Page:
“The insurance business should benefit the local industry where KNSL can negotiate rates on behalf of cargo owners. The Government should see sense in this and have a mind change,” Chai says.
He proposes that Government builds a yard where the shipping line can consolidate cargo for export.
“Ethiopia is a landlocked country but owns a fleet of ships. Its shipping line is the sole carrier of government cargo. Goods destined to that country land at the port of Djibouti,” he says.
Seafarers Union of Kenya chair Andrew Mwangura favours the purchase of an oil tanker by Government, saying it would be used to transport petroleum products for National Oil Corporation and oil once production in Turkana begins.
“KNSL will have a lot of business if Government acquires an oil tanker for the shipping line as we anticipate production of oil locally,” Mwangura says. Apart from initial capital injection, the company is neither supported by the Government nor its other shareholders financially.
Previously, the shareholders feared injecting fresh capital due to many creditors, majority of whom have since been paid through compromise arrangements and meagre operational resources, the report says.
“The company activities are fully financed by revenue from operations,” it says.
Sometime in 1996, Mediterranean Shipping Company (MSC) was offered shares where they injected Sh53.4 million. The shares have not been allotted to date and the fund is carried in the balance sheet as funds awaiting share allocation.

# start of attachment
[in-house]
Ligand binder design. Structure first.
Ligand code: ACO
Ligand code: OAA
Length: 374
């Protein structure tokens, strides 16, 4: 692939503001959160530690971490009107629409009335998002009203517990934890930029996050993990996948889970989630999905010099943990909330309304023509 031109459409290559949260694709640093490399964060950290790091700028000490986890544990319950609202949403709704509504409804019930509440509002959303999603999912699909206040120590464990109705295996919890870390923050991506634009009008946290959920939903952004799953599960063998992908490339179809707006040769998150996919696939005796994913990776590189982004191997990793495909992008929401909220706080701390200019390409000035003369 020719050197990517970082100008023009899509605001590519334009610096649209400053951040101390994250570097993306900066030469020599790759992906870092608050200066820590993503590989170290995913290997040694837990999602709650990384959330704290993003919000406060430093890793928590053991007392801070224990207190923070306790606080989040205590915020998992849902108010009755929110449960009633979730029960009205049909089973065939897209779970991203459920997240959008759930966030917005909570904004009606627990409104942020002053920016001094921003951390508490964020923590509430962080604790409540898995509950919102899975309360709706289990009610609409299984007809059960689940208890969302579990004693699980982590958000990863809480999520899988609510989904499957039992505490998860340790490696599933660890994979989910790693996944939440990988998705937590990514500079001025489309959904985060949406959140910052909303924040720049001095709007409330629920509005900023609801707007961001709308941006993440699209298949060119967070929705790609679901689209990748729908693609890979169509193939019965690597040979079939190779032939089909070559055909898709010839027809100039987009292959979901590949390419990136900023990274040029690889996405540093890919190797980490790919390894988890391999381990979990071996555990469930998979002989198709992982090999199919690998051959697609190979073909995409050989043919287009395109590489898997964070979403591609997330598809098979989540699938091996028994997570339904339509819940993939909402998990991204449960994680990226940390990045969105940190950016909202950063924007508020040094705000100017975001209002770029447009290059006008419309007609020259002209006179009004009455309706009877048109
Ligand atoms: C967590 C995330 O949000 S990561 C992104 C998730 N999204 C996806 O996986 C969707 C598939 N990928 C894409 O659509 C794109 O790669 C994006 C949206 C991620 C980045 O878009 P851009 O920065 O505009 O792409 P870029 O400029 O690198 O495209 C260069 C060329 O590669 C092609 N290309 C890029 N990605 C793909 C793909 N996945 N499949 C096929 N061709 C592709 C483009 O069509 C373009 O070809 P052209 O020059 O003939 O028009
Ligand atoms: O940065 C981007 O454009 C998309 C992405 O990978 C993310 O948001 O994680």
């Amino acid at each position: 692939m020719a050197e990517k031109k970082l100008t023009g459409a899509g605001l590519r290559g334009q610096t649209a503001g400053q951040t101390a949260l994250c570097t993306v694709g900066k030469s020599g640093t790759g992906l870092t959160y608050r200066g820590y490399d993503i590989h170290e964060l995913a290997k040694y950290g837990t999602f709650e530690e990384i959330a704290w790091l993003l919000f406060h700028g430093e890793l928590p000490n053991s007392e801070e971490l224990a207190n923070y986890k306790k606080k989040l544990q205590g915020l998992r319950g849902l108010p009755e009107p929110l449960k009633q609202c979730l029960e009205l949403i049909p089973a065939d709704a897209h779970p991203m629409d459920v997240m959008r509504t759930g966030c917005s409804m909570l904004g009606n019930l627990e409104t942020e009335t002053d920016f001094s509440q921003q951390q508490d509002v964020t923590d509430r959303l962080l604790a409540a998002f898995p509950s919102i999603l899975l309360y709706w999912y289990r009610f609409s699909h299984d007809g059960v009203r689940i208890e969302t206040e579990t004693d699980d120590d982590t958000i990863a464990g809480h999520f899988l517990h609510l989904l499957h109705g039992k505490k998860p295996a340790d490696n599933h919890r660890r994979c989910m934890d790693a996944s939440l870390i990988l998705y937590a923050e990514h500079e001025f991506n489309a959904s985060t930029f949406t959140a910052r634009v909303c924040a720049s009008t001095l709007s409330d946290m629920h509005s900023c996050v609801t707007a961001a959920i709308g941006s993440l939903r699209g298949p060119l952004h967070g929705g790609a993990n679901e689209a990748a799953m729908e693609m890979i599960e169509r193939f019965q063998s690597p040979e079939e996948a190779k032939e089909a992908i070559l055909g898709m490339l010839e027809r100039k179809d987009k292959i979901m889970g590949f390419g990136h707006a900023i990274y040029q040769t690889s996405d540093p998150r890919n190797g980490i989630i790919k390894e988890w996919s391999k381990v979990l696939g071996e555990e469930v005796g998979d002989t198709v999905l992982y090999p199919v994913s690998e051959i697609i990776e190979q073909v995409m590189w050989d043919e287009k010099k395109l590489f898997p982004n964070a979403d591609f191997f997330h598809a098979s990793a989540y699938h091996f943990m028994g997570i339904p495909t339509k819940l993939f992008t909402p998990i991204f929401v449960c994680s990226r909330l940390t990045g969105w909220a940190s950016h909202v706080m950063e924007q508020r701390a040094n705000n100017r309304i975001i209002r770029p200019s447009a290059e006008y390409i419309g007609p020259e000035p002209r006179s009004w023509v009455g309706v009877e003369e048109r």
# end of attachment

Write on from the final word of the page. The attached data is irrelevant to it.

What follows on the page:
The report says the issue needs to be sorted out and clarified whether MSC is a shareholder or not.
Under the service provision with MSC, the report says KNSL operations are narrowed to only six ports in Northwest part of Europe although there has been good business in the Middle East and Far East.
The ports where the National Non-Vessel Owning Common Carrier is restricted to are Felixstowe in UK, Rotterdam in Netherlands, Hamburg in Germany, Antwerp in Begium, Le Havre in France and Valencia in Spain. In Africa, the Kenyan carrier operates in Dar es Salaam and Mombasa ports.
KNSL’s management efforts to have the board of directors agree to the opening of additional ports of call in other countries have been met with resistance, the report says.
“They often site logistical problems despite the fact that all ports called are managed through our own agency network. Consequently, the management is looking for an alternative service provider to offer service to the other ports.”
Currently, MSC has two sitting directors in the board with full voting powers.
To attract MSC to buy into the company, the report says the board resolved to write-off 50 per cent of their equity and devalue the share so as to reduce the balance loss.
Earlier this year, immediate former Transport minister Amos Kimunya announced plans to revamp the corporation and reposition it to the level of the national carrier Kenya Airways by enabling it own or have chartered vessels.
Mr Kimunya promised a new look shipping line that would be vibrant and competitive.
“KNSL is going to be a vibrant national carrier like KQ, with vessels,” Kimunya had explained.